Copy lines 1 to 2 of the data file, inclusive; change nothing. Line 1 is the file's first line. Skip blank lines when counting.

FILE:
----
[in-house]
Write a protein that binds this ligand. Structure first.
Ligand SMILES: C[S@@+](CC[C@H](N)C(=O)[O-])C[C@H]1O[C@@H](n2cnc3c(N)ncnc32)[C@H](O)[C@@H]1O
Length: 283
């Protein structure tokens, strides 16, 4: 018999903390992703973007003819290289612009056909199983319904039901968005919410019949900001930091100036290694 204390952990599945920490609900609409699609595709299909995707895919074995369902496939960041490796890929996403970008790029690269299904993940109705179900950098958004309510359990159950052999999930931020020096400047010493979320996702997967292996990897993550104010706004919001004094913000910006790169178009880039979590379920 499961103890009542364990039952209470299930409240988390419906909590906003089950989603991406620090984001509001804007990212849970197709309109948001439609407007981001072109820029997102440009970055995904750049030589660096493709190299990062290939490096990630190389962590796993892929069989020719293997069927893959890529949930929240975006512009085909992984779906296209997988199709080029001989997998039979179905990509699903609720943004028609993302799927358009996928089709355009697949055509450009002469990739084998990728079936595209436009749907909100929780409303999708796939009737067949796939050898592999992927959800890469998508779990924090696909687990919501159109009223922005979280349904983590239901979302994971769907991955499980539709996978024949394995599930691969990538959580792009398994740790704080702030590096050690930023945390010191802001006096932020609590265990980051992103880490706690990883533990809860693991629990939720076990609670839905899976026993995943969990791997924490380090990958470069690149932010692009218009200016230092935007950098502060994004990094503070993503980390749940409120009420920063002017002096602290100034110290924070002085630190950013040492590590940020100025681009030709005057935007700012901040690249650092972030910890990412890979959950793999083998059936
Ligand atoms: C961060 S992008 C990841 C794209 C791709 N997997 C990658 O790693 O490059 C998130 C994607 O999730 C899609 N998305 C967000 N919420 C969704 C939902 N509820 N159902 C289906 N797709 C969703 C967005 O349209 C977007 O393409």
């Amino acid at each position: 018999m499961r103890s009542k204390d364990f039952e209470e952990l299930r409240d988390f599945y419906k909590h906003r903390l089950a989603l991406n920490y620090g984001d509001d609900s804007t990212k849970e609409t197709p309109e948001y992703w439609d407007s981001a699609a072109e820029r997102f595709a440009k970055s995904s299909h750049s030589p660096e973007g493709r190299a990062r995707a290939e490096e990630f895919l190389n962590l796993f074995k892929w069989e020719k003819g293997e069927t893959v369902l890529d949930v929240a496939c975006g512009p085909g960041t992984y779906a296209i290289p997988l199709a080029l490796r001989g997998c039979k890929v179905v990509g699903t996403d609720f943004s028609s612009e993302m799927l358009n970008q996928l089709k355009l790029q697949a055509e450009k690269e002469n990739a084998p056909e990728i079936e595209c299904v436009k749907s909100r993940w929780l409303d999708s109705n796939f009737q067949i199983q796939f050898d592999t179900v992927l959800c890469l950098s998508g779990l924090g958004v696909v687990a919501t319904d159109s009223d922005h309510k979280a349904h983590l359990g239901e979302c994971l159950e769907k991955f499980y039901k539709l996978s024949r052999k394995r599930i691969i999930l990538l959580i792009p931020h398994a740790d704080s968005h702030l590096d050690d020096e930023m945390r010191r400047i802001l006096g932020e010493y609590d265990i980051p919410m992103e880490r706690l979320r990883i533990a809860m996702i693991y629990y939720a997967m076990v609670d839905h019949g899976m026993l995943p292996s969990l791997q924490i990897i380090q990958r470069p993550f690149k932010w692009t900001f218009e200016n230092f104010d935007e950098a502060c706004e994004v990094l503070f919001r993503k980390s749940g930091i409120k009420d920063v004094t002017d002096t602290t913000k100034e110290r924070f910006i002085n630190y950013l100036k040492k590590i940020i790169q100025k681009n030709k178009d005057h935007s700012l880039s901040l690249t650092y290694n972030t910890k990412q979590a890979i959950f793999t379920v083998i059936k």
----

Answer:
[in-house]
Write a protein that binds this ligand. Structure first.